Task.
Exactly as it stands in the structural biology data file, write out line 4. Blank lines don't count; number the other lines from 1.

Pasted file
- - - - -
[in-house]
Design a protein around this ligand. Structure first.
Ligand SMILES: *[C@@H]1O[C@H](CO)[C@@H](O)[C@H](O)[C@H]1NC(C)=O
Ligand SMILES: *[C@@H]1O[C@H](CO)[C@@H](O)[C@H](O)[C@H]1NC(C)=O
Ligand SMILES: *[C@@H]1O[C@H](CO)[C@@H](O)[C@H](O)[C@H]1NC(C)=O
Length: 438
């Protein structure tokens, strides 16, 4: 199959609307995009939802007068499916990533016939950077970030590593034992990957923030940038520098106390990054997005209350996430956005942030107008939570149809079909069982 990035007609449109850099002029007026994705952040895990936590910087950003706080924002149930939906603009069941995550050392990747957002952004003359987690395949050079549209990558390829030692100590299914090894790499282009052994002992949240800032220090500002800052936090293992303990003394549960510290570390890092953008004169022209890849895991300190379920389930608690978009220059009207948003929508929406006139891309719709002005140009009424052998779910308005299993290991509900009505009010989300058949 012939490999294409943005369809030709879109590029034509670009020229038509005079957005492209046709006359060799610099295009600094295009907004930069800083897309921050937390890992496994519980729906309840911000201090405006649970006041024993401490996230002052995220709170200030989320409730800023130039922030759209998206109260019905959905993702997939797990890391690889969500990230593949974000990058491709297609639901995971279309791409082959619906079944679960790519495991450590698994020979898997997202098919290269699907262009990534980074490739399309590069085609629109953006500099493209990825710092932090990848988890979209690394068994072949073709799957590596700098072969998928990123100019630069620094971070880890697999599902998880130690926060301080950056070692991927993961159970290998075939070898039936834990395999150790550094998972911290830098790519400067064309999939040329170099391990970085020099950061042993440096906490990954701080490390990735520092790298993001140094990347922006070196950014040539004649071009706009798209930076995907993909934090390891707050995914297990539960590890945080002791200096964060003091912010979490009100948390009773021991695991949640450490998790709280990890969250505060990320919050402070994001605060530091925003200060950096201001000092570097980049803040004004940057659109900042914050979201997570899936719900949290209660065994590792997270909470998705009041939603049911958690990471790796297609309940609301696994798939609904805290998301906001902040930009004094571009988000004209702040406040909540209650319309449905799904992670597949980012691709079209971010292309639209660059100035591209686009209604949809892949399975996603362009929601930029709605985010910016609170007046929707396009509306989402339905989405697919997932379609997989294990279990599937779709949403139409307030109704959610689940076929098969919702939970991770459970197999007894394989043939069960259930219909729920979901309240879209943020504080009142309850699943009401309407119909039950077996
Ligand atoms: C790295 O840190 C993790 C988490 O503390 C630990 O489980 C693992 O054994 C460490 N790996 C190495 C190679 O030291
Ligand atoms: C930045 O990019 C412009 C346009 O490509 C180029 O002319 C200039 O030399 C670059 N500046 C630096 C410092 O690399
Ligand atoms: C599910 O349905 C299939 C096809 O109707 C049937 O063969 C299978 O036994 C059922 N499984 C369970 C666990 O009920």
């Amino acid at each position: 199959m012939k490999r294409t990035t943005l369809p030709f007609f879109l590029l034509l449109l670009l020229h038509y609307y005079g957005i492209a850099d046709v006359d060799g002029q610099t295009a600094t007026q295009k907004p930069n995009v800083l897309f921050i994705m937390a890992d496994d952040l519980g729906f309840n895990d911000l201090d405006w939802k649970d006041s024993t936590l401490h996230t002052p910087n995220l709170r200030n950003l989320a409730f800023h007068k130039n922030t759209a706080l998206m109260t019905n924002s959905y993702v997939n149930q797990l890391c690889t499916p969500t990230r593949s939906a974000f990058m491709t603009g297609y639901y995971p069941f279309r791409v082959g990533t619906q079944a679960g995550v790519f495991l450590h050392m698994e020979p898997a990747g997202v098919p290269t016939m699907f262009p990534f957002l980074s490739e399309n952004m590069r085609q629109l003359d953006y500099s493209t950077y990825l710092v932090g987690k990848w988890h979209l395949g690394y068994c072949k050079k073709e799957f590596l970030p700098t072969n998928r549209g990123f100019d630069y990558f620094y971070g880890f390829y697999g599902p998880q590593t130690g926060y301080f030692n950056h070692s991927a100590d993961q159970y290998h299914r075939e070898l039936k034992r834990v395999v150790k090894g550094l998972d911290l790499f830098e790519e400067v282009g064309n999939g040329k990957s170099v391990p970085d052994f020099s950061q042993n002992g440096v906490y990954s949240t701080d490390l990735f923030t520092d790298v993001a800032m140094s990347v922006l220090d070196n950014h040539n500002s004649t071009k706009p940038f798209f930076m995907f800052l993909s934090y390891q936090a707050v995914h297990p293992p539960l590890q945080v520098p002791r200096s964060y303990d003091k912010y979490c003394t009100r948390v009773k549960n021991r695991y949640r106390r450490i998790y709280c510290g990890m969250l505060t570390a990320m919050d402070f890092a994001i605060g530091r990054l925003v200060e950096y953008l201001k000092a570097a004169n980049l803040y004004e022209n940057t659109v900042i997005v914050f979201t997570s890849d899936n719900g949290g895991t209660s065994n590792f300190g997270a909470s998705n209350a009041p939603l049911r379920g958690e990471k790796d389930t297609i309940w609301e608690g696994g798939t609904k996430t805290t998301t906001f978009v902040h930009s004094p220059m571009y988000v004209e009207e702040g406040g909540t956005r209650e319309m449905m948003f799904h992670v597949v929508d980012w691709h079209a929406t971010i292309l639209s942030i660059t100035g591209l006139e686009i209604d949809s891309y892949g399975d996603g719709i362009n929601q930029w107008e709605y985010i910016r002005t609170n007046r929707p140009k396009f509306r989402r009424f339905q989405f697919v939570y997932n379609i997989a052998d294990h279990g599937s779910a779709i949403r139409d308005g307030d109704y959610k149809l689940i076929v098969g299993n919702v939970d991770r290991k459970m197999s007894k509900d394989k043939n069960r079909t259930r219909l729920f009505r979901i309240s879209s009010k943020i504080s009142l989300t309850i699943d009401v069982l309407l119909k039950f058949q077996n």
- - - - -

Ligand SMILES: *[C@@H]1O[C@H](CO)[C@@H](O)[C@H](O)[C@H]1NC(C)=O